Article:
Click on Save and then apply rule. You can now SSH into the web server (IP address as public IP on firewall with port 22), with user the username and password details of the webserver.

Example NAT rule - Allow HTTP on port 80 to Web Server

Select “Firewall” – “Nat” and the select “Port Forward”:

11-pfsense-addnatwindow.jpg

Click on the Add NAT Rule button

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Configure the following:


Disabled: Not selected
No RDR (NOT): Not selected
Interface: WAN
Protocol: TCP
Source: Ignore
Destination: Wan Address
Destination Port Range – HTTP
Redirect Target IP Address: 192.168.2.2 (or your  webserver IP)
Redirect Target Port: HTTP
Description: HTTP to Web Server
NAT Reflection: leave as default
Filter Rule Association: Pass

Click on Save and then apply rule. You should now be able to view a webpage served from your webserver by browsing to http://#public IP of your firewall#.

1:1 NAT mapping

The following section provides instructions on how to configure 1:1 NAT mapping with multiple public IP addresses.

In this example, a Public IP of 195.157.13.200 was to be made to NAT to Private address of 192.168.0.3

Things you have to do to make this work:

  • You need a public IP interface for each public IP address you want to NAT.
  • You need to ensure additional Public IP Interfaces are numbered NIC2 or higher (preserving the 1st Public IP on NIC 0 and First Private/External IP on NIC 1 as detailed earlier)
  • You need to set up 1:1 NAT for this IP
  • You need to create a rule to allow the port you want for this IP.

Assign additional interface

Following the firewall setup instructions earlier, your first WAN interface will be assigned to em0, and your LAN to em1:

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Click the 9-pfsense-addrulebutton.jpg button to assign a new interface. OPT1 will automatically appear attached to em2:

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Select Interfaces menu item, OPT1

Select Enable at the top and set type to DHCP. Save changes and click Apply changes

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If you are using multiple interfaces with 1:1 NAT mapping to each, you will need to add the following additional configuration parameters:

Firstly, you'll need to open up the additional firewall config options. Go to the 'System' menu, 'User Manager', then click on the 'Groups' tag.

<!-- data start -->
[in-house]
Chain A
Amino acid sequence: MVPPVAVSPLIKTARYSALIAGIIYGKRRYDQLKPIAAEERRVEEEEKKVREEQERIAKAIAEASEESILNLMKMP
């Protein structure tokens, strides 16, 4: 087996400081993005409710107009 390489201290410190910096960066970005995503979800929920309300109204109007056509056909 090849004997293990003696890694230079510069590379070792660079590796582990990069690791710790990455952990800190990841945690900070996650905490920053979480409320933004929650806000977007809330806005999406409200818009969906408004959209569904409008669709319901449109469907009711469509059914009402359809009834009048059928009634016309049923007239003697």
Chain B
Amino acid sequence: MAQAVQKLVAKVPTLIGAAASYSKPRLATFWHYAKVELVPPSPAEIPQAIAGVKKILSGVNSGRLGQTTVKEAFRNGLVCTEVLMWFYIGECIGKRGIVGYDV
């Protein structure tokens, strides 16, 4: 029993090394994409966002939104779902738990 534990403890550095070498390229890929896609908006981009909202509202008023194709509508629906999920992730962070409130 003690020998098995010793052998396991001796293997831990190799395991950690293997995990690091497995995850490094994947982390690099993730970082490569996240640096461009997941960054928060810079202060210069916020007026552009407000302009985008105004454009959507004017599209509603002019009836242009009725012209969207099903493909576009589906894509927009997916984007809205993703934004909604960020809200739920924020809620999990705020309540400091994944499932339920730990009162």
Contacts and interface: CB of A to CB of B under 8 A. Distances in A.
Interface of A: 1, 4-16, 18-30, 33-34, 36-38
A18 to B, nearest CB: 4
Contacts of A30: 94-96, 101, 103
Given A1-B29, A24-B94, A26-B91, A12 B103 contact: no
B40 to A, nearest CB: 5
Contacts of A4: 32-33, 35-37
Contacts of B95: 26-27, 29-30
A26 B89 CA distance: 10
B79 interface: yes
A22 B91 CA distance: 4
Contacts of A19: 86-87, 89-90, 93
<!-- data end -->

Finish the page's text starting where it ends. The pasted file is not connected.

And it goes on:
Click on the 4-pfsense-editbutton.jpg edit button next to the 'Superuser' group. Next scroll down to the bottom of the 'Assigned Privileges' section, and click 9-pfsense-addrulebutton.jpg to add some new privileges.

On the Add Privileges page, click 'Select all', and then 'Save'.

Now you'll need to disble Reply-To. Go to the 'System' menu, 'Advanced' and click the 'Firewall / NAT' tab. Click the 'Disable reply-to on WAN rules' check box.

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Click 'Save'. Next, go to the 'System' menu, 'Advanced' and click on the 'Networking' tab. Click 'Suppress ARP messages':

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Click 'Save' to finish.

Configure 1:1 NAT

Click “FIREWALL” and “NAT”. Select the 1:1 tab.

Select 9-pfsense-addrulebutton.jpg to add new rule and set Interface to OPT1, External Subnet to the public IP address (subnet should be 32 if it is just a single IP address you want to NAT).

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Set the Internal IP to the private IP address of the host you want to reach.

Set a description for this NAT rule and SAVE. Apply changes to the system.

Apply a firewall rule

Select the menu option FIREWALL and select RULES

Select OPT1 tab. Select 9-pfsense-addrulebutton.jpg to create new rule

17-pfsense-1-1firewalledit.jpg

Make sure interface is set to 'OPT1' or whatever interface name you are using for this public IP address. Set

Destination type to 'single address' and specify the private IP address of host you want to reach, in this case 192.168.0.3

Set the destination port range, in this case SSH. Set a description for this rule.

Save changes and apply changes.

You should now be able to make an ssh connection to the public IP address on 195.157.13.200 and this should be redirected to 192.168.0.3.